Feedback on the proposal to change U+FFFD generation when decoding ill-formed UTF-8

Alastair Houghton via Unicode unicode at
Thu Jun 1 03:13:33 CDT 2017

On 31 May 2017, at 20:42, Shawn Steele via Unicode <unicode at> wrote:
>> And *that* is what the specification says.  The whole problem here is that someone elevated
>> one choice to the status of “best practice”, and it’s a choice that some of us don’t think *should*
>> be considered best practice.
>> Perhaps “best practice” should simply be altered to say that you *clearly document* your behavior
>> in the case of invalid UTF-8 sequences, and that code should not rely on the number of U+FFFDs 
>> generated, rather than suggesting a behaviour?
> That's what I've been suggesting.
> I think we could maybe go a little further though:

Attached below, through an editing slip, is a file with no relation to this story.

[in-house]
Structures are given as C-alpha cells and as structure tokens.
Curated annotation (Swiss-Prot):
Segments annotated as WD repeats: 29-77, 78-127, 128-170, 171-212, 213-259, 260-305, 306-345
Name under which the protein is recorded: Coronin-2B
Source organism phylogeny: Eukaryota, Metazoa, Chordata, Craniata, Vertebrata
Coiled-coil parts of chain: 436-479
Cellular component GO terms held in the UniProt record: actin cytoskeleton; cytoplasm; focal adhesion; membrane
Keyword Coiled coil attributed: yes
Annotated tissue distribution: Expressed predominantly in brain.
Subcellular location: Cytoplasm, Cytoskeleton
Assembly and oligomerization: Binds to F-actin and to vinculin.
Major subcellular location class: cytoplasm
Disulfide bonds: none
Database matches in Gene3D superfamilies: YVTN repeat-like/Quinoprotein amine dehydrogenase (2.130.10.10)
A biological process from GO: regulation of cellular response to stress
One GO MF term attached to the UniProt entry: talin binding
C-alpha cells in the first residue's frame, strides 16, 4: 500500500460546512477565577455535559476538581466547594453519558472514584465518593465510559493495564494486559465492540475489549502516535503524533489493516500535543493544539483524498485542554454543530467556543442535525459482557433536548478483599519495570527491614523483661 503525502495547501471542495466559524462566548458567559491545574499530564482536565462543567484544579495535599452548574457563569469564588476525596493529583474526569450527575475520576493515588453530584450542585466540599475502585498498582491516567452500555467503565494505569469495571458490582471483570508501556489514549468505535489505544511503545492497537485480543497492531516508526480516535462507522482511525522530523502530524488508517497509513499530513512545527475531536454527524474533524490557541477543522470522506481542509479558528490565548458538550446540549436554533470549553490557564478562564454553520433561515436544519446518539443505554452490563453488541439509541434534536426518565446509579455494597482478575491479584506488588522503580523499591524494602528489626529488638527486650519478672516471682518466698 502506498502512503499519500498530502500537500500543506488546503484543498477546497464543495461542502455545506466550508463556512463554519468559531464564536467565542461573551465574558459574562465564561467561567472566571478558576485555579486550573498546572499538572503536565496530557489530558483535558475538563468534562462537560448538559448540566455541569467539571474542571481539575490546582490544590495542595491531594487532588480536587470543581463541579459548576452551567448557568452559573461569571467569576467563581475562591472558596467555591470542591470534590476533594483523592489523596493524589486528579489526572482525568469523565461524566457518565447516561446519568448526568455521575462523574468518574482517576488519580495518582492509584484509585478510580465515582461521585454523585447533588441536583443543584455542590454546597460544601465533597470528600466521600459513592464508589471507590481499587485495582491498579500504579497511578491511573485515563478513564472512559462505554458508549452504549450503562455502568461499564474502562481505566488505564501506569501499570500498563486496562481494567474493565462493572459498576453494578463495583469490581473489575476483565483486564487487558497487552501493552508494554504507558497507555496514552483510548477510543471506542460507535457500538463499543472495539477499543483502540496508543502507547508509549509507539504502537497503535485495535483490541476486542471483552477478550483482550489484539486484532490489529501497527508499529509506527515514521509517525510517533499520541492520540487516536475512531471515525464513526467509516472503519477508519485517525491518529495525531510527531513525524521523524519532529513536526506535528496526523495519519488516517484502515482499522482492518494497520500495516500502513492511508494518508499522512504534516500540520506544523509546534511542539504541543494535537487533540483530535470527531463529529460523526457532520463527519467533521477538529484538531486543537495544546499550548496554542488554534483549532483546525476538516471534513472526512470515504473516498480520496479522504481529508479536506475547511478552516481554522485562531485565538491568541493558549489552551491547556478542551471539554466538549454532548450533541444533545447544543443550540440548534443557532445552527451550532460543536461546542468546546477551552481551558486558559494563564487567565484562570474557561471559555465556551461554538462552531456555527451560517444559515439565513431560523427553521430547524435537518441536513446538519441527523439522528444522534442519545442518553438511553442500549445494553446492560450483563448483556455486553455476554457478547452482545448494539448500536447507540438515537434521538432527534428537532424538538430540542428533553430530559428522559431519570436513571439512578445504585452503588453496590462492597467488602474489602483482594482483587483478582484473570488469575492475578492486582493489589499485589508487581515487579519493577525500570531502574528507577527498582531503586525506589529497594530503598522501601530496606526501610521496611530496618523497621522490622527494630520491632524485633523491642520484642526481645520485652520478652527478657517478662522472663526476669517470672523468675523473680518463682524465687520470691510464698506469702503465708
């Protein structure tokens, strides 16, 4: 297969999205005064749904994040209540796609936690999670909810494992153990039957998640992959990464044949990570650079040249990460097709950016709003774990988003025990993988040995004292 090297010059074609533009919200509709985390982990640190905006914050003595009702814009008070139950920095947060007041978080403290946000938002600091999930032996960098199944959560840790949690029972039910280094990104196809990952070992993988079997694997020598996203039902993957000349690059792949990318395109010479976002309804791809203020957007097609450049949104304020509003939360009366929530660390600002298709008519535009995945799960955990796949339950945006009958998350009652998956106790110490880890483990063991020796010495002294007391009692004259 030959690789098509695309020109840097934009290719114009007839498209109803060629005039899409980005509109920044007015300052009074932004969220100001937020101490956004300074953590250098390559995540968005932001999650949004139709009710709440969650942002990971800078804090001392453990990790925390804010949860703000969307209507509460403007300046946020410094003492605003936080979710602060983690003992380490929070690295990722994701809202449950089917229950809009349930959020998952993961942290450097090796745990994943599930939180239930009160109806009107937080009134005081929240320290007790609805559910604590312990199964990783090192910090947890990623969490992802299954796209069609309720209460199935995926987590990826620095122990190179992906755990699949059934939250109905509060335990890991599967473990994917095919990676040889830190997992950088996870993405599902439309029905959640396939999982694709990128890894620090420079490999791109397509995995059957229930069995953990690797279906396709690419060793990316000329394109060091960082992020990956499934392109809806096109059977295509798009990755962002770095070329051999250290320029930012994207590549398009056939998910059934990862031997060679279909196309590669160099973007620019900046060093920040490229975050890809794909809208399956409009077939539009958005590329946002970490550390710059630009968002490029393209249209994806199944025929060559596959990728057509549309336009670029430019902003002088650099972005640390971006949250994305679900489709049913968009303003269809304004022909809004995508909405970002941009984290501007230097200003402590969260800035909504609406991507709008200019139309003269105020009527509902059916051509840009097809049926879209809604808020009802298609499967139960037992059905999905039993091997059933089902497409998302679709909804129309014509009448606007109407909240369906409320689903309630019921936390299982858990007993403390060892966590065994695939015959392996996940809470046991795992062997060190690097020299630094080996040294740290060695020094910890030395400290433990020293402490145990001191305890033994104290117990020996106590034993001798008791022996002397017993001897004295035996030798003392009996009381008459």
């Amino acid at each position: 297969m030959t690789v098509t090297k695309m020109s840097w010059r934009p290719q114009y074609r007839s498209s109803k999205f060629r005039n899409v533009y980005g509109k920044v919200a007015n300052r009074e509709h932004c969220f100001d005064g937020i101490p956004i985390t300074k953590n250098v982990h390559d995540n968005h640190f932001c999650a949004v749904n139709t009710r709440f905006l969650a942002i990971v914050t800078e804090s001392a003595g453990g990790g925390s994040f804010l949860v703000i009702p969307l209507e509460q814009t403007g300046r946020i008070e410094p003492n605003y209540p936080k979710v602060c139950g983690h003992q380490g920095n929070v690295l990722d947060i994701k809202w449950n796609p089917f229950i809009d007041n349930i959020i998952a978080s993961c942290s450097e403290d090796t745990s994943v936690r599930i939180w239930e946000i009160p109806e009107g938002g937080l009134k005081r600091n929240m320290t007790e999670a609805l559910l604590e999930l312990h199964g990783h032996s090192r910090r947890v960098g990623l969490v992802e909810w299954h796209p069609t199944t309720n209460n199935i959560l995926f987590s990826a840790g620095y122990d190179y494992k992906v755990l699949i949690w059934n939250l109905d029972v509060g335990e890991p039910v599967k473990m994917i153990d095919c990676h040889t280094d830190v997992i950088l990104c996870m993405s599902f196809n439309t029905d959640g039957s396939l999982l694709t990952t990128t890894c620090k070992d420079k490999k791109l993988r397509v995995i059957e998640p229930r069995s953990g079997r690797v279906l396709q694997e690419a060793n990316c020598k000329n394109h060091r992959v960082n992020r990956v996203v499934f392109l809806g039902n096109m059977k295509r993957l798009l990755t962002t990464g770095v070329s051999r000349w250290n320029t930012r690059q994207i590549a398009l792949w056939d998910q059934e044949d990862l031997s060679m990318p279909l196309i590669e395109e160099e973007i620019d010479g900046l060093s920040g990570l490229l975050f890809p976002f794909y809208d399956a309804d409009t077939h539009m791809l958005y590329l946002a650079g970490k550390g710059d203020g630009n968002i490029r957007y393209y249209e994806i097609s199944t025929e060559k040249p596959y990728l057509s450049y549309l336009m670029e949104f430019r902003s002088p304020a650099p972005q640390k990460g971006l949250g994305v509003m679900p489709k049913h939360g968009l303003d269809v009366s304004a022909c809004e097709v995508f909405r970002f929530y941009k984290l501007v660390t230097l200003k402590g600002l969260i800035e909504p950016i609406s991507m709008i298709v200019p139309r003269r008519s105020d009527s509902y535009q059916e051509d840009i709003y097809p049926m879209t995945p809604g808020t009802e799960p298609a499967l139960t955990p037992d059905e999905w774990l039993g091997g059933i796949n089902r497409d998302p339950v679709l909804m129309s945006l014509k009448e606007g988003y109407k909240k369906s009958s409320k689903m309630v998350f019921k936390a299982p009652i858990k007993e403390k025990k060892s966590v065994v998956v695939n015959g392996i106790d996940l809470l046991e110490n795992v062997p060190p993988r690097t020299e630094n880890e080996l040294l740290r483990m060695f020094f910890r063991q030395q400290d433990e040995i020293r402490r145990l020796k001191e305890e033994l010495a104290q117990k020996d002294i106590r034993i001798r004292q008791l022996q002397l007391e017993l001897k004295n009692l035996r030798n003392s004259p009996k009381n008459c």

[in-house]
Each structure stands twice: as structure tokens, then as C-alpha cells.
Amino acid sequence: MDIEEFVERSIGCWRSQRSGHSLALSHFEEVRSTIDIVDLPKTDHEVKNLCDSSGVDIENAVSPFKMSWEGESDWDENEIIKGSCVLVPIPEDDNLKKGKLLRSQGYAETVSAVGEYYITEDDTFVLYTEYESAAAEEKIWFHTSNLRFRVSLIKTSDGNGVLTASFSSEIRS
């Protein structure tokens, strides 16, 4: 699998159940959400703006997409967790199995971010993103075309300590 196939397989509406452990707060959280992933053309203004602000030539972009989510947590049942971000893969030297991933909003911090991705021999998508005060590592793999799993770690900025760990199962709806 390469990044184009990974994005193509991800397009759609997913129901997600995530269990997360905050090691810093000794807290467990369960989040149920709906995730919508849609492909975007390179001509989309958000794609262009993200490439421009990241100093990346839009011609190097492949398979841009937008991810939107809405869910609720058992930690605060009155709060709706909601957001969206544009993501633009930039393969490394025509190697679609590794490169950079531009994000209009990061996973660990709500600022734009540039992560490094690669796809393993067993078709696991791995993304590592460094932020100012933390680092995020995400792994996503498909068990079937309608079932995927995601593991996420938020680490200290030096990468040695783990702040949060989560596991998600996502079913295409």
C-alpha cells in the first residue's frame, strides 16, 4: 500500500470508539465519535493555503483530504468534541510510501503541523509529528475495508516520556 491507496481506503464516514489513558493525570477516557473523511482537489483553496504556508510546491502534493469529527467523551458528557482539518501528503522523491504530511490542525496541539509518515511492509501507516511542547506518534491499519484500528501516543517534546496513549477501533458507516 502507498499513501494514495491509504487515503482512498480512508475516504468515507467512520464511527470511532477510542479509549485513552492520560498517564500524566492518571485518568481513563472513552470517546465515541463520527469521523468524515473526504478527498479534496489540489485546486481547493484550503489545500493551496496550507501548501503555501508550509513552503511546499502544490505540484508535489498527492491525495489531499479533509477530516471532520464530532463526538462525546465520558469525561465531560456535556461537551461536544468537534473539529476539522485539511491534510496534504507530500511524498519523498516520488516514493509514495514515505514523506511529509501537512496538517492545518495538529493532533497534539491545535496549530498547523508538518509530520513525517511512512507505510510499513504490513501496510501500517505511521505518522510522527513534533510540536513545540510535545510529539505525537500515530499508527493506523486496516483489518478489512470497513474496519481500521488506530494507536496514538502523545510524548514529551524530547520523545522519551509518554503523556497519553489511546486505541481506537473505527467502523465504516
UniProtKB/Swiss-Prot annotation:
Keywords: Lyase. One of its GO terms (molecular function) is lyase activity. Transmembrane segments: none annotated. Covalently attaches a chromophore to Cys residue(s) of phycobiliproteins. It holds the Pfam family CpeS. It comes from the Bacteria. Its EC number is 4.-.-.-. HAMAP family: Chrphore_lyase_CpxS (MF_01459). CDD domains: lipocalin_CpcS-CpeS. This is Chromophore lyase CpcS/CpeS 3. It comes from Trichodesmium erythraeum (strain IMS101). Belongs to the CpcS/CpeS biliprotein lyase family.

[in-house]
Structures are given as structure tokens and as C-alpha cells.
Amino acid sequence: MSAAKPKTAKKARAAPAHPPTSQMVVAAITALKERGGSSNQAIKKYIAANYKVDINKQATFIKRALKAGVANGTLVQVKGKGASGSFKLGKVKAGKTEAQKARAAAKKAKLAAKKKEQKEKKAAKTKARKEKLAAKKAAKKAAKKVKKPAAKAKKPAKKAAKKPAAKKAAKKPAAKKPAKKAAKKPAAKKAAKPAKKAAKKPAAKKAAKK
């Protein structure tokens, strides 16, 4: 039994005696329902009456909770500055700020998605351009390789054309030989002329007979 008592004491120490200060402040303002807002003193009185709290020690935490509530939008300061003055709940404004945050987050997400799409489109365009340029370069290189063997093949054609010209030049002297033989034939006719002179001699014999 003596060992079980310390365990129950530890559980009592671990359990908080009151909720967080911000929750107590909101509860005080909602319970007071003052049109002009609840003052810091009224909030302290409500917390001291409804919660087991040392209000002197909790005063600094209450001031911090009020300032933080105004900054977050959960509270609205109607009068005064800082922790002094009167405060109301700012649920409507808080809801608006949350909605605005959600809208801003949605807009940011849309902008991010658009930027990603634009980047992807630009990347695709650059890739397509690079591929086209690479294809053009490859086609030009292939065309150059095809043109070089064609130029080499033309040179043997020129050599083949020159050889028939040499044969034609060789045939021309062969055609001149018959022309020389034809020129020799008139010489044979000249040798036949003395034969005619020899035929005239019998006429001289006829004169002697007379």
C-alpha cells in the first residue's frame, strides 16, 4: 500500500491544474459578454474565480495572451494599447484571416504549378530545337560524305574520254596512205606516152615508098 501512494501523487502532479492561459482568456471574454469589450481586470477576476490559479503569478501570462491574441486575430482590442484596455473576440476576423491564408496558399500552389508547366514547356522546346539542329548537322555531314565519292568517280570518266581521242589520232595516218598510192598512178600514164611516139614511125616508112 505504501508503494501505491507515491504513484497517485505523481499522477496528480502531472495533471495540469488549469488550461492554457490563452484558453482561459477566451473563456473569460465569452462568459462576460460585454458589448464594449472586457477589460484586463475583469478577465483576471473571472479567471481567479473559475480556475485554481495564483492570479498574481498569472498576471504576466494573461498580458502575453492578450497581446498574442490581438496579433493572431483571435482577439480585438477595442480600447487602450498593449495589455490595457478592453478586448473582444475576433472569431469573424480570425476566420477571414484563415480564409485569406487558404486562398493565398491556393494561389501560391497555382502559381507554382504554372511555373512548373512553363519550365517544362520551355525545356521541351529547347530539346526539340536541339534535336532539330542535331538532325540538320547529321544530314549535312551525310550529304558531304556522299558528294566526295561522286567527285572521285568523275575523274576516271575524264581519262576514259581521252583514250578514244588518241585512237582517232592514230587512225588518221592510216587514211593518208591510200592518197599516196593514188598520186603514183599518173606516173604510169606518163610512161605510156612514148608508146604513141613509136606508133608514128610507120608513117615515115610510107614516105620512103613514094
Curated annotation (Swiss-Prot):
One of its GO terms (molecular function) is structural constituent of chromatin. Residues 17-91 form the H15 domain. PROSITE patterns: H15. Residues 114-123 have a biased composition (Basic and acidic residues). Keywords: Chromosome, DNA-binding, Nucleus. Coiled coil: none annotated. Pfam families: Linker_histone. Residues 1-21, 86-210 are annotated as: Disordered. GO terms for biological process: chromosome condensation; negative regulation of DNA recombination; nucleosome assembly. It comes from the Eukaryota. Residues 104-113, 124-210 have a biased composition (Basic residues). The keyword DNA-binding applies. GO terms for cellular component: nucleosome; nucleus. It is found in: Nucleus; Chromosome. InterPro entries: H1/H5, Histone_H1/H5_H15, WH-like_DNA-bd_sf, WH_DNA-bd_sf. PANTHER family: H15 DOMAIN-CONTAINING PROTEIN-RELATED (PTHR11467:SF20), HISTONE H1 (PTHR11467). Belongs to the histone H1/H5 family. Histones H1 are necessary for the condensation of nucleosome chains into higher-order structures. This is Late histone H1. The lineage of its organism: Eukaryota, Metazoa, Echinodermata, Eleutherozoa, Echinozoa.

> * Best practice is clearly not to depend on the # of U+FFFDs generated by another component/app.  Clearly that can't be relied upon, so I think everyone can agree with that.
> * I think encouraging documentation of behavior is cool, though there are probably low priority bugs and people don't like to read the docs in that detail, so I wouldn't expect very much from that.
> * As far as I can tell, there are two (maybe three) sane approaches to this problem:
> 	* Either a "maximal" emission of one U+FFFD for every byte that exists outside of a good sequence 
> 	* Or a "minimal" version that presumes the lead byte was counting trail bytes correctly even if the resulting sequence was invalid.  In that case just use one U+FFFD.
> 	* And (maybe, I haven't heard folks arguing for this one) emit one U+FFFD at the first garbage byte and then ignore the input until valid data starts showing up again.  (So you could have 1 U+FFFD for a string of a hundred garbage bytes as long as there weren't any valid sequences within that group).
> * I'd be happy if the best practice encouraged one of those two (or maybe three) approaches.  I think an approach that called rand() to see how many U+FFFDs to emit when it encountered bad data is fair to discourage.


Kind regards,



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